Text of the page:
The Life of Harvey Milk

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					The Life of
 Harvey
  Milk
Harvey Milk was born May 22, 1930.
He had one older brother.
When he was fourteen he acknowledged he was gay.
When he graduated from high school he joined the navy in 1951.
In 1955 he was discharged.
Harvey started to teach high school mathematics and history.
A few years later he quit that job and started a new one as a
finance associate.
Just two years later he also quit that job and moved to San
Francisco with Scott Smith.
Harvey Milk moved to San Francisco in 1972.
He opened a camera shop called Castro Camera in the Castro District
of S.F.
In 1973 he ran for City Supervisor, but lost.
In 1975 he ran again, but instead of winning the position for City
Supervisor, he won the spot as one of the Permit Appeals for Mayor
Moscone making him the first Gay Commissioner in the country.
In 1977 he ran once again for City Supervisor and won the election as
City Supervisor for District 5.
He was the first openly gay man elected in major office in the US.
Harvey had made changes in
his last campaign.
First he got himself a new
manager, a female named
Anne Kronenberg.
He also got himself a crowd
gatherer named Cleve Jones.
Cleve was about 18 or 19
when he moved to San
Francisco.
He was 23 when he started
gathering people for Harvey.
Within the first month of being City Supervisor District 5, Harvey
initiated the Dog Mess Ordinance.
It was an ordinance listing a dog owner to be fined for not cleaning
up after their dog.
After that passed, Harvey started a new ordinance called the Gay
Rights Bill.
The gay bill was for a gay person to have the same rights as any
other person.
10 out of 11 members of the board voted for the bill. The only
member that opposed it was Dan White, City Supervisor District 6.
Harvey was elated that the bill passed.
On June 25, 1978 the gays had one of the biggest parades that San
Francisco had ever seen.
It was a parade for any gay person and supporter on the Castro Street.
While Anne was driving the car Harvey was sitting on top of the car,
waving to everybody.
Anne was afraid that someone might try to shoot him but Harvey
turned around and said,” It could happen any day, any place, anytime
and I’m just not going to worry about it.”
Senator John Briggs started Prop. 6 in 1978.
Prop. 6 was a referendum to be able to fire all gay teachers and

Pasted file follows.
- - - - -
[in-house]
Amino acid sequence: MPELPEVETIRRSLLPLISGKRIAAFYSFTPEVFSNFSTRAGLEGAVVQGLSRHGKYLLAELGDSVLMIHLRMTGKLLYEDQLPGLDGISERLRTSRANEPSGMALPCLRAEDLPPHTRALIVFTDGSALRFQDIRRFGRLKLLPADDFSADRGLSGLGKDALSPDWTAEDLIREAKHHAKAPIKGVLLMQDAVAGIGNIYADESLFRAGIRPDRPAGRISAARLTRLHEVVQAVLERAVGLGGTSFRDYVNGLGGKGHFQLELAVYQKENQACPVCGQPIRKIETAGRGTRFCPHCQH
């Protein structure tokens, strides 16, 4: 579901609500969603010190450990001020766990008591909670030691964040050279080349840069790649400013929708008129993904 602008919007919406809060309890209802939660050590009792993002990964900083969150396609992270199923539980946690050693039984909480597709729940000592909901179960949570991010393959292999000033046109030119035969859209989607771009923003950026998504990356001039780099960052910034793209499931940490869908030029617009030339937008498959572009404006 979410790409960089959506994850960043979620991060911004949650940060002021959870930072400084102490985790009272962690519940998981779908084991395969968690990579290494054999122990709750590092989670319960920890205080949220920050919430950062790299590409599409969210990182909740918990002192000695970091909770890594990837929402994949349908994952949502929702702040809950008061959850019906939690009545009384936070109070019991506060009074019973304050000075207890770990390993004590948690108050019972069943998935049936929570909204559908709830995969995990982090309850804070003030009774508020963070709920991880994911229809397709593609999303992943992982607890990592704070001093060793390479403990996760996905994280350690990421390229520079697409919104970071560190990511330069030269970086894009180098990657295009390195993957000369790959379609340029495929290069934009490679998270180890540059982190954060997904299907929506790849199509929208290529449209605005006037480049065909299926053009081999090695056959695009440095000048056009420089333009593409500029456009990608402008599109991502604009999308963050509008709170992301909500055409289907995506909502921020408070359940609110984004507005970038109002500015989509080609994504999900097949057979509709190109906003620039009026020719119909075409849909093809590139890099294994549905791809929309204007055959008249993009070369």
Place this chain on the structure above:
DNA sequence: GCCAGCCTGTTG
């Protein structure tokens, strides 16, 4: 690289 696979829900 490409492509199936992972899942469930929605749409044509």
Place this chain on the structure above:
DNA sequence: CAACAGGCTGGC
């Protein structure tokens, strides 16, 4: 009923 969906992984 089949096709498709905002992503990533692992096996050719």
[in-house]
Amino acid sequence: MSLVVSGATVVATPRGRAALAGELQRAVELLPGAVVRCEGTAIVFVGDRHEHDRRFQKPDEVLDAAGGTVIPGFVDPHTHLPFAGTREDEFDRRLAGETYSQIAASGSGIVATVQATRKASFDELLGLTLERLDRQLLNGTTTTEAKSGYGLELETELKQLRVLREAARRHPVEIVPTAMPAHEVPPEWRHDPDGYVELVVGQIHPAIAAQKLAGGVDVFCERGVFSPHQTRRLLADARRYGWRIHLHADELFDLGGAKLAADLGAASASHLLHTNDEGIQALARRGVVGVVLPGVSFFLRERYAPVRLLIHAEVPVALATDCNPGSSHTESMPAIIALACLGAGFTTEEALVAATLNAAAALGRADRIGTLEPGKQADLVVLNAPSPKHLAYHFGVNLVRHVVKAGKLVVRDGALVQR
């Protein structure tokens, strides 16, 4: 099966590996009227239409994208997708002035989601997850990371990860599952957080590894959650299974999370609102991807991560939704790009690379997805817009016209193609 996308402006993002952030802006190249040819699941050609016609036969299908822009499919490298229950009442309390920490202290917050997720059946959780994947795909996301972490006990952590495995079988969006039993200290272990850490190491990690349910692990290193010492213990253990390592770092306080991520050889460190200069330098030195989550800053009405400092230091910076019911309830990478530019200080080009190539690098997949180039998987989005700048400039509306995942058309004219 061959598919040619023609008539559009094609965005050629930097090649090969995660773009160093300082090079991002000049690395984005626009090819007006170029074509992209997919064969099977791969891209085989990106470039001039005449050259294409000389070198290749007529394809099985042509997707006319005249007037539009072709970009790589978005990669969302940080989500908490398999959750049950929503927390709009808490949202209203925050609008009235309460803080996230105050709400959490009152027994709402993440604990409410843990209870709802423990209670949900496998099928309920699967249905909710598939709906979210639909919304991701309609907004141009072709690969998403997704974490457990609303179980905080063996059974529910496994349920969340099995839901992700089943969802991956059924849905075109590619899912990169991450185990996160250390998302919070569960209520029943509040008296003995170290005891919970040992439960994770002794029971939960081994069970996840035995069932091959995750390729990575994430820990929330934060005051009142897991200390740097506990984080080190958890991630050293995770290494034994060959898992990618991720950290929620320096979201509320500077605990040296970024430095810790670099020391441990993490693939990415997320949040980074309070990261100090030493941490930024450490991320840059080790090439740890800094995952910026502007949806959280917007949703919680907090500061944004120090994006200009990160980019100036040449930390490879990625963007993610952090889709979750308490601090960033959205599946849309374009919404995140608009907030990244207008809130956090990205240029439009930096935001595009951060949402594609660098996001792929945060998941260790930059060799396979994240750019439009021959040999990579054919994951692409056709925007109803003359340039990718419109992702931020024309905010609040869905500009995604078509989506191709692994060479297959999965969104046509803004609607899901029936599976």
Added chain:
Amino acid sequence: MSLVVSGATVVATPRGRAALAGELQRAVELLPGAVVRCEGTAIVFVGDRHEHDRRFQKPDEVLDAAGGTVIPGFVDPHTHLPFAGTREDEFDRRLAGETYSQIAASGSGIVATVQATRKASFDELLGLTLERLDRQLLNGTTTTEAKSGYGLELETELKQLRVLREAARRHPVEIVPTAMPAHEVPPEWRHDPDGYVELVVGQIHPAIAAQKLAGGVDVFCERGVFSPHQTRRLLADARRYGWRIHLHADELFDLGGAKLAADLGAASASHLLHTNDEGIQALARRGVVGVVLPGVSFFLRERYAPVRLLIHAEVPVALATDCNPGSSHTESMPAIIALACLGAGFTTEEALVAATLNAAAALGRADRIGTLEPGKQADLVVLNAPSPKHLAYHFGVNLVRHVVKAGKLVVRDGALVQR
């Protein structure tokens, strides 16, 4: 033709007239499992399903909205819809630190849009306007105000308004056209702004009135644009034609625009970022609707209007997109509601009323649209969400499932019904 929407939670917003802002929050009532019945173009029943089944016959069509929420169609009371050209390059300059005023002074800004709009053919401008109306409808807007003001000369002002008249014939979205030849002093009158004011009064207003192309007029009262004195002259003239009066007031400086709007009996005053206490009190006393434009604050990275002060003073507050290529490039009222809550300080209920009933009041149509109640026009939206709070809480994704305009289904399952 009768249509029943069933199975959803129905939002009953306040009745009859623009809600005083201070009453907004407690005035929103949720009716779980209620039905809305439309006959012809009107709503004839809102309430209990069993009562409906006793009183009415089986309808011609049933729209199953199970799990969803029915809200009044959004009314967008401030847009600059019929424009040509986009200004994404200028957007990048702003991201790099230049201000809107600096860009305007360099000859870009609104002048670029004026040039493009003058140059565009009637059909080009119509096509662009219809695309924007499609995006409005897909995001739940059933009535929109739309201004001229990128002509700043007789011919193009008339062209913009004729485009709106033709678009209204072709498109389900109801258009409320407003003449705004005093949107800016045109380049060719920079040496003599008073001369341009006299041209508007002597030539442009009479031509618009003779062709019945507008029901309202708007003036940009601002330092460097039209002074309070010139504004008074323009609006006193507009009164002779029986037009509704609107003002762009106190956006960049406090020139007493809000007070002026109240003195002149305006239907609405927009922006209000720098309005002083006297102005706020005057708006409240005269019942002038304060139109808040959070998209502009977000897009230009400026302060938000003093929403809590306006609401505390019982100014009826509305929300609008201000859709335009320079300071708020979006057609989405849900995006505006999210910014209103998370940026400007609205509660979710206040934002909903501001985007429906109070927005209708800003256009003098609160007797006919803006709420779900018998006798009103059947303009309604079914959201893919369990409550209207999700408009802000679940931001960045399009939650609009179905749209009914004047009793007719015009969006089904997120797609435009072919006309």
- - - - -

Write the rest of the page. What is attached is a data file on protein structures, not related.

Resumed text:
anybody that supported them.
Harvey was appalled by this measure and decided to run against it.
Four months before the final results, the Opinion Poles predicted
that the majority of the people agreed with Prop. 6.
Election night, the people of the State of California voted and their
voices were to oppose Prop. 6.
Prop. 6 was defeated 2 to 1.
A moment after the winning Harvey said,” This is not my victory,
its yours. If a gay man can win it proves that there is hope for all
minorities who are willing to fight.”
Dan was very angry.
He thought that there should not
have been a gay parade.
Dan felt that Harvey owed him.
Not long after Prop. 6 was opposed,
Dan White resigned from his position
as City Supervisor for District 6.
The next day Dan realized he had
made a mistake and wanted his job
back.
Mayor Moscone made the decision
not to give Dan his job back.
On November 27, 1978 Dan White went to City Hall to talk to
Moscone.
Dan went into Moscone’s office at 10:45am, and shot him three
times in the chest.
He then walked over to the other side of City Hall, went into
Harvey’s office , closed the door and shot him four times in
the chest, then walked up to Harvey and shot him in the head.
Anne’s worst nightmare had come true.
When Anne and Scott Smith went down to City Hall that night to
be at the vigil.
Cleve had been gathering thousands of people to march from the
Castro to City Hall.
Scott and Anne walked outside and saw thousands of people
marching down the street.
There were over 30,000 people paying their respects to Milk and
Moscone.
Harvey’s legacy is hope, hope in
the personal progress, more than
the political.
Harvey had recorded a will in the
event of his assassination. It said, “
If a bullet should enter my brain,
let it destroy every closet door.”
Harvey’s legacy has lead to the
Oscar- winning documentary, The
Times of Harvey Milk (1984) and the
Gus Van Sant film, Milk (2008)
starring Sean Penn as Milk, Josh
Brolin as Dan White, Emile Hirsch
as Cleve Jones and costarring
Alison Pill as Anne Kronenberg.
By Natalie Jones